Journal of Biomedical Materials Research Part B Applied Biomaterials 12/2008; 90(1):75-81. · 2.31 Impact Factor
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    Ralf Kraus, Jens-Peter Stahl, Reinhard Schnettler
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    ABSTRACT: Treatment concepts in thoracolumbar vertebral fractures include conservative treatment, internal fixator, and vertebral body replacement with implants and autologous bone grafts. The role of biomaterials in these concepts is unclear. Specific properties of biodegradable osteosynthetics seem not to be suitable for an employment in spine surgery. Growth factors may get significant importance in future when the risk of ectopic bone formation in the neurogenic canal is abandoned, particularly in combination with artificial bone substitutes. Bioresorbable bone substitutes are widely in use in vertebro- and kyphoplasty at this time and seem to replace bone cements. In vertebral body replacement they are employed to enlarge the amount of autologous cancellous bone, but not as stand-alone implants. As in many other fields, the use of biomaterials in thoracolumbar spinal injuries will rapidly increase in future.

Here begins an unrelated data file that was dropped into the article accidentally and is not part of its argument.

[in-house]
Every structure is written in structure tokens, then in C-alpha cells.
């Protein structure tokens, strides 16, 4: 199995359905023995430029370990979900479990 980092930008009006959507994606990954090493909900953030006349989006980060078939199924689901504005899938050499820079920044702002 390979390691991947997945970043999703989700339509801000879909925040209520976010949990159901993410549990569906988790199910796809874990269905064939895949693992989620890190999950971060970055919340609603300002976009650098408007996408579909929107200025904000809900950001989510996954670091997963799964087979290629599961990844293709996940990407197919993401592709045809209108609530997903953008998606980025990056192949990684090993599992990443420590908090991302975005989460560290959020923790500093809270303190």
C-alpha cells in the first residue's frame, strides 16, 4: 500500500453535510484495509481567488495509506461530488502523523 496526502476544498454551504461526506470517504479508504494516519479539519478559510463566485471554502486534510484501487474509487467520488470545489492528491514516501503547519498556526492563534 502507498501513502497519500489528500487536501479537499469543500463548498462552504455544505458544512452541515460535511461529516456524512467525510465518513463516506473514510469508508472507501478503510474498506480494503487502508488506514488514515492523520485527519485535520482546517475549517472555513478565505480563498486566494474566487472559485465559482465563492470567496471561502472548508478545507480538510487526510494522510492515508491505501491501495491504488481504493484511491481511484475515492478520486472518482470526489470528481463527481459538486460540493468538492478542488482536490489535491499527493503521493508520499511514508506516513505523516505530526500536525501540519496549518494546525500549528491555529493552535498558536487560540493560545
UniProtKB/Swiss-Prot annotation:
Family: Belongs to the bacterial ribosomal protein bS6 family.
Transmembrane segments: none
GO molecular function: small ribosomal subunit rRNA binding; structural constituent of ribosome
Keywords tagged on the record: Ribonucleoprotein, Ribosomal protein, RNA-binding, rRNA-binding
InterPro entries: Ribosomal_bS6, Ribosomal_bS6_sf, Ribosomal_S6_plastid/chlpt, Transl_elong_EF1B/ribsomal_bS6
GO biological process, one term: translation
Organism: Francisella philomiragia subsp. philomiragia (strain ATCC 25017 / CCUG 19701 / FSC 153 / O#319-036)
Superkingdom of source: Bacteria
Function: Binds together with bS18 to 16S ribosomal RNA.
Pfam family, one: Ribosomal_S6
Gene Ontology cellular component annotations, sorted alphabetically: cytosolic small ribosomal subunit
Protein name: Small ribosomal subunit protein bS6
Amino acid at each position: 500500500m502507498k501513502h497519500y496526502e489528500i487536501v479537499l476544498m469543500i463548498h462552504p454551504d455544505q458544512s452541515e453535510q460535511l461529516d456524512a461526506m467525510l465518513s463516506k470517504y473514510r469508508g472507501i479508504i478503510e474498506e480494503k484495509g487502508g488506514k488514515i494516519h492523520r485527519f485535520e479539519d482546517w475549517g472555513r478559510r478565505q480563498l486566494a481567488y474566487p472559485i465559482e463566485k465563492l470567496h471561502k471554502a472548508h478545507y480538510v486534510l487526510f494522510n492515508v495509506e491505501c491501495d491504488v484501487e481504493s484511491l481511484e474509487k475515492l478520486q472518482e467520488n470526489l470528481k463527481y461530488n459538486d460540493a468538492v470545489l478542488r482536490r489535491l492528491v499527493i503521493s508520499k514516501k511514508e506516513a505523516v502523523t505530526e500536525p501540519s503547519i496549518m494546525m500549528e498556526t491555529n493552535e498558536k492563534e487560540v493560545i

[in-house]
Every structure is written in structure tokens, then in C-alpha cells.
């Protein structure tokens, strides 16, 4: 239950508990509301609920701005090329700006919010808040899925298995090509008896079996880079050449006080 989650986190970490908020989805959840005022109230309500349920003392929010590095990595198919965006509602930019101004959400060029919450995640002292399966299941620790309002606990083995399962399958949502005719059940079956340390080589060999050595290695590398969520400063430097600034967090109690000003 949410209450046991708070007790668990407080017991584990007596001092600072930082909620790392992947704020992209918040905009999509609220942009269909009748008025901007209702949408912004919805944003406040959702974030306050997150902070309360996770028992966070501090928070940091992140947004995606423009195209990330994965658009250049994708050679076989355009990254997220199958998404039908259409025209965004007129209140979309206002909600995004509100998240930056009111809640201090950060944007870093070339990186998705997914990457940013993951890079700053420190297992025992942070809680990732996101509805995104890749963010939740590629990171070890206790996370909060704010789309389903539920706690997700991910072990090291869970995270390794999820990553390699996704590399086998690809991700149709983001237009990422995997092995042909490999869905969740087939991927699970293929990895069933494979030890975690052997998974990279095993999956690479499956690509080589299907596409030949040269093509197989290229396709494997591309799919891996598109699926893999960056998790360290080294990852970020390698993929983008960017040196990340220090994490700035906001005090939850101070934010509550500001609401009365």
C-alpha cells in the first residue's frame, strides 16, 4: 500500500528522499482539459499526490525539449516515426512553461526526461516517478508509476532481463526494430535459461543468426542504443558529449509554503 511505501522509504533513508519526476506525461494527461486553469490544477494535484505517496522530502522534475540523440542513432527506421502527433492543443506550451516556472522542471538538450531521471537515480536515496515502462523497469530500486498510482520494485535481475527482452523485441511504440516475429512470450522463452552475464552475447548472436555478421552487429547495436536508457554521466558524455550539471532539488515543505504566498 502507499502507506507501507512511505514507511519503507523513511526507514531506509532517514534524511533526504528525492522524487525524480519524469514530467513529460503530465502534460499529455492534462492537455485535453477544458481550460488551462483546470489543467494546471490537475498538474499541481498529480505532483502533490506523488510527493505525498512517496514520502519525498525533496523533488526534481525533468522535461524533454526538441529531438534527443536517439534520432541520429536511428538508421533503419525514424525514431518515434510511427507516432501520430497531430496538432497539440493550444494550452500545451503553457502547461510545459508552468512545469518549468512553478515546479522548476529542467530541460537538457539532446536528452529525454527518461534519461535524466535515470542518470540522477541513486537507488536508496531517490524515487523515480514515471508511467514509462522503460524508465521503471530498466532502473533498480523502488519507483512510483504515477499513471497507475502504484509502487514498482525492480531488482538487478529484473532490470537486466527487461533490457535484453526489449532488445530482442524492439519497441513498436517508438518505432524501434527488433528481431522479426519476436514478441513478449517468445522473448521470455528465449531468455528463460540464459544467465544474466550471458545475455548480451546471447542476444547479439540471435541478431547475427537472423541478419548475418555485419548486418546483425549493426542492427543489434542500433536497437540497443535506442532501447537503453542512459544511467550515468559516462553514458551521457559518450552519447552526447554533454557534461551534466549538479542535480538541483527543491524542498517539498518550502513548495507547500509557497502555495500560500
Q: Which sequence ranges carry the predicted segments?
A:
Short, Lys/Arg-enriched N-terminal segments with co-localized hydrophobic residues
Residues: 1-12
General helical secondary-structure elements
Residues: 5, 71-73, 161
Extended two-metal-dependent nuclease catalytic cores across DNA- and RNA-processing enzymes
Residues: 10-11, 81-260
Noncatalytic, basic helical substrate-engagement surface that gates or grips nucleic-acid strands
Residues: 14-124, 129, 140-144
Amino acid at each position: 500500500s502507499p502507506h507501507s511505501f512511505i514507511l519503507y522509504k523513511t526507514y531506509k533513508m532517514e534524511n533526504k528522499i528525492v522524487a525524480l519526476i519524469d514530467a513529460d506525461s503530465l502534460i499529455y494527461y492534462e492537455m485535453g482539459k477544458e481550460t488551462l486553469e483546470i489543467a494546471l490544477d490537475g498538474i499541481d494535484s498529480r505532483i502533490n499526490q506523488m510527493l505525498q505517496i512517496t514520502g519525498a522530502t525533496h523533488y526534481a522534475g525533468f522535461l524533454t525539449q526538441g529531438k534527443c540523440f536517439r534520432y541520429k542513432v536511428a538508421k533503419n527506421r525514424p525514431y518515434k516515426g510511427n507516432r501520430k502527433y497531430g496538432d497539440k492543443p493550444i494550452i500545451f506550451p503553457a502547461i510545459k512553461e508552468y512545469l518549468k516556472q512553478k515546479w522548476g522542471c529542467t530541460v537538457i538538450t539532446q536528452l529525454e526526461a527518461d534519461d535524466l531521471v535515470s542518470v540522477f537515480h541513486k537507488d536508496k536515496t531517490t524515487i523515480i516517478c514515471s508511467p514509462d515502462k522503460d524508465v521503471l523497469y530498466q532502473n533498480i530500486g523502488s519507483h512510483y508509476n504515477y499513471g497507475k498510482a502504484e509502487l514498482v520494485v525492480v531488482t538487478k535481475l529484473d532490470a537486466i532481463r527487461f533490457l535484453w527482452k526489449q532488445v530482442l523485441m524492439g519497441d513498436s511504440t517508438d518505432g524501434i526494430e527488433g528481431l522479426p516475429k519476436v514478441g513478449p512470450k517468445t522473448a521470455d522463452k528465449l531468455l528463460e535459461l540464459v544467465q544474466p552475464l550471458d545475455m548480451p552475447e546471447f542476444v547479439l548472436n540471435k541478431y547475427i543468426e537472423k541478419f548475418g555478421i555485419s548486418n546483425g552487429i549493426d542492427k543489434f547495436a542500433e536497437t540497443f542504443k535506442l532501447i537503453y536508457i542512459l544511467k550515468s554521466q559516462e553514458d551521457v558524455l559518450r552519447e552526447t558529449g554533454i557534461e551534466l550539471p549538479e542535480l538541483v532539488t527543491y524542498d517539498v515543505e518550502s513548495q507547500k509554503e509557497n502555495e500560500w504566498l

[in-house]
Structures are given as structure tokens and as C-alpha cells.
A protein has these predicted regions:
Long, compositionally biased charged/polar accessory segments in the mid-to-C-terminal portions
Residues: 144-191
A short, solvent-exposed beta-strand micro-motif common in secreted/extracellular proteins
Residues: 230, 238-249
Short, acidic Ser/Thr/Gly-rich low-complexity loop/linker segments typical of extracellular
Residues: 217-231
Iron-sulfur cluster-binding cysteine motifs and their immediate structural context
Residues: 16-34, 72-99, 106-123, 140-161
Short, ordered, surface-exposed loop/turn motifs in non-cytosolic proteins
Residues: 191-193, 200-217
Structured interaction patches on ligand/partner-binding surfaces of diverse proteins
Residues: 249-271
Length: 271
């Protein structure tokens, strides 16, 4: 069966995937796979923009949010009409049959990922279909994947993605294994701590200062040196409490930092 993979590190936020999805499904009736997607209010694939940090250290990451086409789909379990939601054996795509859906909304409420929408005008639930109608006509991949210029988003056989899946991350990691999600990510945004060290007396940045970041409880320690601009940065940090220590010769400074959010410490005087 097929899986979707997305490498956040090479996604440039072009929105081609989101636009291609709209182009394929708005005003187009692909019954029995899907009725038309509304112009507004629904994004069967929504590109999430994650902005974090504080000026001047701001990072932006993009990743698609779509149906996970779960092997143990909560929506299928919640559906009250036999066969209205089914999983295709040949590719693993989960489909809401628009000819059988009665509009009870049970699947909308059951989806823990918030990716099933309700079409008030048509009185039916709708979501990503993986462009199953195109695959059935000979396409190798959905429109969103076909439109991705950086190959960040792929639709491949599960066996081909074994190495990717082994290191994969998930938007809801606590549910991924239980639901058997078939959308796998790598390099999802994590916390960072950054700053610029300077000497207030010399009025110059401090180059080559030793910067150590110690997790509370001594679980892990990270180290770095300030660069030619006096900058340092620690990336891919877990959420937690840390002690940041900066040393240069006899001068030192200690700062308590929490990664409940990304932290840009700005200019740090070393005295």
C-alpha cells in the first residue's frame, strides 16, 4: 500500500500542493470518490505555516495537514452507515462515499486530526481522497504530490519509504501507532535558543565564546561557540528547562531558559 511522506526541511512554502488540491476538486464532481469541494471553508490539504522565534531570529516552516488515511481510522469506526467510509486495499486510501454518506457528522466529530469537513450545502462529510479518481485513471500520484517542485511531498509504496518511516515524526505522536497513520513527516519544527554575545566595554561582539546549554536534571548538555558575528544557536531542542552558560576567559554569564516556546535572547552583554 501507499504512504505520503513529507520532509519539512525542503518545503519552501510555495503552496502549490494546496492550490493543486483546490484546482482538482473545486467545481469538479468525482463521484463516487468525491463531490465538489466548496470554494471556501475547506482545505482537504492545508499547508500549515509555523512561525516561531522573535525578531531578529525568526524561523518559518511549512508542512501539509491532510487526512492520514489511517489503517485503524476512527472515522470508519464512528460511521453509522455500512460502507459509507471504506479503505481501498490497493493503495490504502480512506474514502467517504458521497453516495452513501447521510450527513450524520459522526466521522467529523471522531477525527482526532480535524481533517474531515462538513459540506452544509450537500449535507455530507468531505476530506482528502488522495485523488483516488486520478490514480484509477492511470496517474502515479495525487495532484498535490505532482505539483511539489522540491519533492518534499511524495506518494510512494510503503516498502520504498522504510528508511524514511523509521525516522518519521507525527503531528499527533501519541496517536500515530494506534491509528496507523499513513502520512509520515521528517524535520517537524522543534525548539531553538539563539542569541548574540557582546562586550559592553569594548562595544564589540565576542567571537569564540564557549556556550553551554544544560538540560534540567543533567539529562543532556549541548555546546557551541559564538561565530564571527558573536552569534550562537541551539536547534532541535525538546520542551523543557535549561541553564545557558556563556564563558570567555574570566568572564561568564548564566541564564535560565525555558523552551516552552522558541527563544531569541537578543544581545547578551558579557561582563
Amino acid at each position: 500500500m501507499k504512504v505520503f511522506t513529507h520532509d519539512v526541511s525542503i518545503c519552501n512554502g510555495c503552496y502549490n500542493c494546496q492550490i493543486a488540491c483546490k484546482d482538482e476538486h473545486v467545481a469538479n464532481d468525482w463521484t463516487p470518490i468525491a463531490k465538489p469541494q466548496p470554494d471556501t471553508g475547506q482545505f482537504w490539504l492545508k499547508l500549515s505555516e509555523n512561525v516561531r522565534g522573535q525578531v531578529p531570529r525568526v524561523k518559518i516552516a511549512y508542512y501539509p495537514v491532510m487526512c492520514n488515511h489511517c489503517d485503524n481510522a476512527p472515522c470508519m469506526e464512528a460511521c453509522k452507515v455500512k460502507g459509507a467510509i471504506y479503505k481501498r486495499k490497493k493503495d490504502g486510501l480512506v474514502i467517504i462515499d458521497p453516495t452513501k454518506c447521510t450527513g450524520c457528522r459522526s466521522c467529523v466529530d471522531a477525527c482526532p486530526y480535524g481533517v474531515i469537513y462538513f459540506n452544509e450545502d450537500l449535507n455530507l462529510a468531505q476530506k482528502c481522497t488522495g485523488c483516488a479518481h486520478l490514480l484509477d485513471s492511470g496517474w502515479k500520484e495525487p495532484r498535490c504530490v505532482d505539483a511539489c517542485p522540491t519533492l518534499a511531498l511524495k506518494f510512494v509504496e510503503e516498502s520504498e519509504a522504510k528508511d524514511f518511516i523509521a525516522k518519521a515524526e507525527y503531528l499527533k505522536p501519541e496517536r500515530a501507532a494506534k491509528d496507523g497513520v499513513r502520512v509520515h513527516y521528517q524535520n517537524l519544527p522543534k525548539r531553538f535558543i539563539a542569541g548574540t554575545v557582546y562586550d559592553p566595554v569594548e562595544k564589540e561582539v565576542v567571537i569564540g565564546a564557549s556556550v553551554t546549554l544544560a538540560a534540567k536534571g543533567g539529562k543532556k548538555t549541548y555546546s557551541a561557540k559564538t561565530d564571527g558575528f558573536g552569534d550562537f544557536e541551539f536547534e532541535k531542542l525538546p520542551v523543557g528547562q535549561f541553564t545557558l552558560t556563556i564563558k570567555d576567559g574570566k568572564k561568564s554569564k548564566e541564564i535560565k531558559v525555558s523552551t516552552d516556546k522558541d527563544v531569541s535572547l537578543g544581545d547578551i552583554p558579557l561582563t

European Journal of Trauma 05/2006; 32(3):253-257.